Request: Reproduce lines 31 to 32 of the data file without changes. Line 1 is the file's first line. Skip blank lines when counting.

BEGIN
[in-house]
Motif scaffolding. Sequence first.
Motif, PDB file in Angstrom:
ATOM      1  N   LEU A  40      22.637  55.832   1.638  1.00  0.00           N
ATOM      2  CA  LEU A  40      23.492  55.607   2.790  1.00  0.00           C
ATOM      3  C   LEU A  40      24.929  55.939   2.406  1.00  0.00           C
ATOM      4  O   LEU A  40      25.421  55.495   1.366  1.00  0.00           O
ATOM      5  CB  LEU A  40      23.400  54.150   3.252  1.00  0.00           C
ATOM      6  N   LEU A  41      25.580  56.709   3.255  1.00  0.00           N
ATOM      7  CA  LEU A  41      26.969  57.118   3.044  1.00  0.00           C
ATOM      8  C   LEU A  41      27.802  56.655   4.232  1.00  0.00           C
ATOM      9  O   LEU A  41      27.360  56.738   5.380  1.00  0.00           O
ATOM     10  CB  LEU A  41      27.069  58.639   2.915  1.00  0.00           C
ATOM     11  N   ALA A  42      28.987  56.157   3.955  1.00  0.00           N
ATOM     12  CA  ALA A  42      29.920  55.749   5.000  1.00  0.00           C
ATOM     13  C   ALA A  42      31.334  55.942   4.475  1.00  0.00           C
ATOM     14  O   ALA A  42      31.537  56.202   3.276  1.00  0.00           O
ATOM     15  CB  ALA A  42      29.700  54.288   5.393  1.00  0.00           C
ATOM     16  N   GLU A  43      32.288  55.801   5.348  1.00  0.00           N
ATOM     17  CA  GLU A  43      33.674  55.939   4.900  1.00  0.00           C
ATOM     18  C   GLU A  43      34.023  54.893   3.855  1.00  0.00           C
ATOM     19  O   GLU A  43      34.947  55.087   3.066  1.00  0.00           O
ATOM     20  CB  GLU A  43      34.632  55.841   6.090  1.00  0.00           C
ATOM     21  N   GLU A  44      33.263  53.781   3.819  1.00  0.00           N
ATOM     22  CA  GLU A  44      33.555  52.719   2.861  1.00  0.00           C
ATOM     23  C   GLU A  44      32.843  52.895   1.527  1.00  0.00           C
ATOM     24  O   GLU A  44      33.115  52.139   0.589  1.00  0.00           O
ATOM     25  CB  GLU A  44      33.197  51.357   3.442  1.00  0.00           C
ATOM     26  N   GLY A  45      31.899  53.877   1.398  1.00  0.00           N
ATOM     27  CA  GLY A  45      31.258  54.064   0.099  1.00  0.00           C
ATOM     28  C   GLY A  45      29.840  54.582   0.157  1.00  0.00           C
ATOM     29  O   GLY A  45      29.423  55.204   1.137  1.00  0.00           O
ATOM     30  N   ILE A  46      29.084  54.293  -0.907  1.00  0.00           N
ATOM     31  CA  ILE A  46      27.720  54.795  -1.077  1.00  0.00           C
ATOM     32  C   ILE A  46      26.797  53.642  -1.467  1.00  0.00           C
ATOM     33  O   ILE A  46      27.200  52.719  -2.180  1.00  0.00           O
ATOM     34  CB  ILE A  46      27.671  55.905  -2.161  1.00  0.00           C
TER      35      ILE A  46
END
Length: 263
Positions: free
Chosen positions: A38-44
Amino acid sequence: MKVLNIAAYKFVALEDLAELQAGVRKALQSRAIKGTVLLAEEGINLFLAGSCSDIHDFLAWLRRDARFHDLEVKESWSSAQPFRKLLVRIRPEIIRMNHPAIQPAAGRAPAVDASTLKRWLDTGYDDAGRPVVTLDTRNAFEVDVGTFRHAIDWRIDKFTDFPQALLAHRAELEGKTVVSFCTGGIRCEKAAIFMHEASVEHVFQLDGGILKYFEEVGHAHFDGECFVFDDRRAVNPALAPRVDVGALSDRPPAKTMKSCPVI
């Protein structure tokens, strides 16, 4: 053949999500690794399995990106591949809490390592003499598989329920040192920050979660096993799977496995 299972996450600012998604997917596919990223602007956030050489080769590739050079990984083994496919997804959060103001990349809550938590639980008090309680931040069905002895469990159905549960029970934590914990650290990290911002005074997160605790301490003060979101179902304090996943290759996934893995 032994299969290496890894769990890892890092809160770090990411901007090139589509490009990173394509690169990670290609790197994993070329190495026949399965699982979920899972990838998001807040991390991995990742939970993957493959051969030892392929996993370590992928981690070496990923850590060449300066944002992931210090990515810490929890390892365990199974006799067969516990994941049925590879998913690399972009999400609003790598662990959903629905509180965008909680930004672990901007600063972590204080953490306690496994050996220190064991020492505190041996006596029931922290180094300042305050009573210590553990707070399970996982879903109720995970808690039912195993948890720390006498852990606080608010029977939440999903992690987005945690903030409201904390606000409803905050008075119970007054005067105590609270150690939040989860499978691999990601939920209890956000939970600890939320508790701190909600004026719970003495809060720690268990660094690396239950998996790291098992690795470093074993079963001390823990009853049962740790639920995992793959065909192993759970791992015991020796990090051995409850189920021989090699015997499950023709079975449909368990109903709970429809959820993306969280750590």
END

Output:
ATOM     28  C   GLY A  45      29.840  54.582   0.157  1.00  0.00           C
ATOM     29  O   GLY A  45      29.423  55.204   1.137  1.00  0.00           O